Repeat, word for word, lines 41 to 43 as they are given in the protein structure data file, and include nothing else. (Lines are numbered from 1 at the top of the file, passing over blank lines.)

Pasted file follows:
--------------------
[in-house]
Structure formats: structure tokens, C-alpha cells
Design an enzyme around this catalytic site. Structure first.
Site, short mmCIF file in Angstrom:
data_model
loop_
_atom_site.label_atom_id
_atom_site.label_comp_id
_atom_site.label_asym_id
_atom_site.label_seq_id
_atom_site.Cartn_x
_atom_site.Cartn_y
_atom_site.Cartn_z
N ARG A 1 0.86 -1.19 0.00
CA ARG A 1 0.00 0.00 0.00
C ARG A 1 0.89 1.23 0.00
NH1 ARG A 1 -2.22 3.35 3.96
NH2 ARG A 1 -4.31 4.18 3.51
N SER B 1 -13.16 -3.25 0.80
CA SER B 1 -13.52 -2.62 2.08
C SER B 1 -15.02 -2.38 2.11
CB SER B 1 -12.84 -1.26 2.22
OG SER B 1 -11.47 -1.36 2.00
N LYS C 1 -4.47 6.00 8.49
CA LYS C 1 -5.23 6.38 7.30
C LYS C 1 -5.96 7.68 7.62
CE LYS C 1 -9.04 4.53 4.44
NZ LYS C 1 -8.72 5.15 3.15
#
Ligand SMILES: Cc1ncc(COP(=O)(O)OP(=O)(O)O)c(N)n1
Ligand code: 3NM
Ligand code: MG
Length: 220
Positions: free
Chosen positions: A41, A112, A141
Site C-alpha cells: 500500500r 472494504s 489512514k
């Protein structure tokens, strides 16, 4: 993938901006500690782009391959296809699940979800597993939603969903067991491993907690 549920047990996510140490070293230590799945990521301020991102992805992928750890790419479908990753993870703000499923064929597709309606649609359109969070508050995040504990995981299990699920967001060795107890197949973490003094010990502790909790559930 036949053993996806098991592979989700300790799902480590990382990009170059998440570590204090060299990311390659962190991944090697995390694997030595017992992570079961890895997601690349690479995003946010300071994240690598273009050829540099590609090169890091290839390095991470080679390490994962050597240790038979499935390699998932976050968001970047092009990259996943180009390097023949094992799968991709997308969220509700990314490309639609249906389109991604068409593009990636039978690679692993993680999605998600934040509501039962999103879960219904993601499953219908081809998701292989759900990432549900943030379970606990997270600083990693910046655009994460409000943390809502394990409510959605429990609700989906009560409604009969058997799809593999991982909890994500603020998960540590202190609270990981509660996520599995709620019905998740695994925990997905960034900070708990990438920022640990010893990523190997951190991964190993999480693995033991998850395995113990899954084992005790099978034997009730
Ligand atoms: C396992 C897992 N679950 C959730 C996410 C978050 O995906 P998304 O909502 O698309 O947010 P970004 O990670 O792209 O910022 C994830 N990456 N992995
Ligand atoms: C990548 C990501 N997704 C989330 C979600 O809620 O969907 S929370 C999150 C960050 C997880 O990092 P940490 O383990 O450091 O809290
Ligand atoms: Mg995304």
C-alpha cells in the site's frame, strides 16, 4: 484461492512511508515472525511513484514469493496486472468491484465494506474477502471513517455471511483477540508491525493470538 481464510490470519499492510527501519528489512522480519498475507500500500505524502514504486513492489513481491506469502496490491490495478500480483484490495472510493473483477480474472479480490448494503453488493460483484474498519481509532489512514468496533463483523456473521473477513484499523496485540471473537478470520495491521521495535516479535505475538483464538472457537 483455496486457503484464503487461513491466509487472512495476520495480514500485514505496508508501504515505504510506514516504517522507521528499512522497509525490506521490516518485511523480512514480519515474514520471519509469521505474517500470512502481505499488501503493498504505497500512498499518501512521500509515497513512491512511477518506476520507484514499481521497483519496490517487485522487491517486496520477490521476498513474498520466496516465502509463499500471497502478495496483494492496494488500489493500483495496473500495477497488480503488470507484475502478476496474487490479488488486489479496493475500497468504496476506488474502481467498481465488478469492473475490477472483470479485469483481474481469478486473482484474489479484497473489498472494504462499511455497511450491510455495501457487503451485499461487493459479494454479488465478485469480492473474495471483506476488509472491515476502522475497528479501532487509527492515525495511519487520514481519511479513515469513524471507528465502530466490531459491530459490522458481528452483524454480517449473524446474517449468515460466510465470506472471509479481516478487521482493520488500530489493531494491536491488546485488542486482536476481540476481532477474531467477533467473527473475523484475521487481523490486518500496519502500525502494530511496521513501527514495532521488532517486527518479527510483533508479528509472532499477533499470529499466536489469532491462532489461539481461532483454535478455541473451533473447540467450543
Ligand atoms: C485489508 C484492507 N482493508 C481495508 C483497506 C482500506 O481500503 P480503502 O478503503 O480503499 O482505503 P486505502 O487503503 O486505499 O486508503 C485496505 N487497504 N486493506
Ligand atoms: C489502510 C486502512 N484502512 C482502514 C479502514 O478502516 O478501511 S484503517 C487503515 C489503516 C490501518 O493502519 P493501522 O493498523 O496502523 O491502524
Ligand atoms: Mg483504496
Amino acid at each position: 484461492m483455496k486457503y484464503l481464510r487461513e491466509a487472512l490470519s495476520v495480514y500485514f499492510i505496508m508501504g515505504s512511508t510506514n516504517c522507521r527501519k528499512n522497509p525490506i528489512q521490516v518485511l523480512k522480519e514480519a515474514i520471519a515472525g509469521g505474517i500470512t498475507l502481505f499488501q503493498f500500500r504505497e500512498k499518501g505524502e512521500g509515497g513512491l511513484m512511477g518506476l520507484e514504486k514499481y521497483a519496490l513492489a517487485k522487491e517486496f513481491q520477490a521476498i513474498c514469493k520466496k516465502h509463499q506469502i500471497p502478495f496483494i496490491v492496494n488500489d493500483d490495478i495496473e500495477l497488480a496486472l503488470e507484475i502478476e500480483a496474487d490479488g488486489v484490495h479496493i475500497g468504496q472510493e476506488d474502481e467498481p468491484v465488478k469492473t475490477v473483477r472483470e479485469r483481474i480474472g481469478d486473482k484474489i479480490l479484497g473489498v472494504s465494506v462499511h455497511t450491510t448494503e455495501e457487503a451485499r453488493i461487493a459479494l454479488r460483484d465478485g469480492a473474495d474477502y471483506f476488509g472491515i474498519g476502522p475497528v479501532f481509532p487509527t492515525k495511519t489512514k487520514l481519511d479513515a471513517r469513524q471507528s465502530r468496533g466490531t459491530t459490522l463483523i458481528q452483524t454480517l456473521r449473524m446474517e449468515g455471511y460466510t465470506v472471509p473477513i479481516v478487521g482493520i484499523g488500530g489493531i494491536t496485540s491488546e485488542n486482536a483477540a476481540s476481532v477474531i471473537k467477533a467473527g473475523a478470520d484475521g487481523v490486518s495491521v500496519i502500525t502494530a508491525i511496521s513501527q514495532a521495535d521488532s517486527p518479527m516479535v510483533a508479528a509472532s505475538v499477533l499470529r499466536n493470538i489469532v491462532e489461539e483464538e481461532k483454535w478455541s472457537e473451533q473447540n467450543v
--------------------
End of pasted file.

C-alpha cells in the site's frame, strides 16, 4: 484461492512511508515472525511513484514469493496486472468491484465494506474477502471513517455471511483477540508491525493470538 481464510490470519499492510527501519528489512522480519498475507500500500505524502514504486513492489513481491506469502496490491490495478500480483484490495472510493473483477480474472479480490448494503453488493460483484474498519481509532489512514468496533463483523456473521473477513484499523496485540471473537478470520495491521521495535516479535505475538483464538472457537 483455496486457503484464503487461513491466509487472512495476520495480514500485514505496508508501504515505504510506514516504517522507521528499512522497509525490506521490516518485511523480512514480519515474514520471519509469521505474517500470512502481505499488501503493498504505497500512498499518501512521500509515497513512491512511477518506476520507484514499481521497483519496490517487485522487491517486496520477490521476498513474498520466496516465502509463499500471497502478495496483494492496494488500489493500483495496473500495477497488480503488470507484475502478476496474487490479488488486489479496493475500497468504496476506488474502481467498481465488478469492473475490477472483470479485469483481474481469478486473482484474489479484497473489498472494504462499511455497511450491510455495501457487503451485499461487493459479494454479488465478485469480492473474495471483506476488509472491515476502522475497528479501532487509527492515525495511519487520514481519511479513515469513524471507528465502530466490531459491530459490522458481528452483524454480517449473524446474517449468515460466510465470506472471509479481516478487521482493520488500530489493531494491536491488546485488542486482536476481540476481532477474531467477533467473527473475523484475521487481523490486518500496519502500525502494530511496521513501527514495532521488532517486527518479527510483533508479528509472532499477533499470529499466536489469532491462532489461539481461532483454535478455541473451533473447540467450543
Ligand atoms: C485489508 C484492507 N482493508 C481495508 C483497506 C482500506 O481500503 P480503502 O478503503 O480503499 O482505503 P486505502 O487503503 O486505499 O486508503 C485496505 N487497504 N486493506
Ligand atoms: C489502510 C486502512 N484502512 C482502514 C479502514 O478502516 O478501511 S484503517 C487503515 C489503516 C490501518 O493502519 P493501522 O493498523 O496502523 O491502524